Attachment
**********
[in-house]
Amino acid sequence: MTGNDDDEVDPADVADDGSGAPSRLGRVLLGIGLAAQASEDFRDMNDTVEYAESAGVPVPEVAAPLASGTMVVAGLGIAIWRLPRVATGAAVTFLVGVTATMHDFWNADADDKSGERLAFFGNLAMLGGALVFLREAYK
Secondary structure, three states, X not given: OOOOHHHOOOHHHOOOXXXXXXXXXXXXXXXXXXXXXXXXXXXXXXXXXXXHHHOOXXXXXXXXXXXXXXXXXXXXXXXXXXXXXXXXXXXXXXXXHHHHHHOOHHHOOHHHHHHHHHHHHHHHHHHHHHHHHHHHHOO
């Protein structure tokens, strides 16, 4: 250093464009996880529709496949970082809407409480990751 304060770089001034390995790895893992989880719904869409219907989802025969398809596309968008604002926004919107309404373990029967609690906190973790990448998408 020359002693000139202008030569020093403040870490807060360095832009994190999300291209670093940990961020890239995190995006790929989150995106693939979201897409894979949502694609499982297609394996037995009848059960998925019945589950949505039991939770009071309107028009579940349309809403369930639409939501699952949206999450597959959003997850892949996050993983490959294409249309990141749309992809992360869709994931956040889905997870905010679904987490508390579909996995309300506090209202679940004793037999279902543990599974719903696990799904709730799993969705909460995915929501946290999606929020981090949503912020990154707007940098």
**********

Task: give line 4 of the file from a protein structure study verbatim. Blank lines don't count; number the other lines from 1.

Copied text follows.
């Protein structure tokens, strides 16, 4: 250093464009996880529709496949970082809407409480990751 304060770089001034390995790895893992989880719904869409219907989802025969398809596309968008604002926004919107309404373990029967609690906190973790990448998408 020359002693000139202008030569020093403040870490807060360095832009994190999300291209670093940990961020890239995190995006790929989150995106693939979201897409894979949502694609499982297609394996037995009848059960998925019945589950949505039991939770009071309107028009579940349309809403369930639409939501699952949206999450597959959003997850892949996050993983490959294409249309990141749309992809992360869709994931956040889905997870905010679904987490508390579909996995309300506090209202679940004793037999279902543990599974719903696990799904709730799993969705909460995915929501946290999606929020981090949503912020990154707007940098």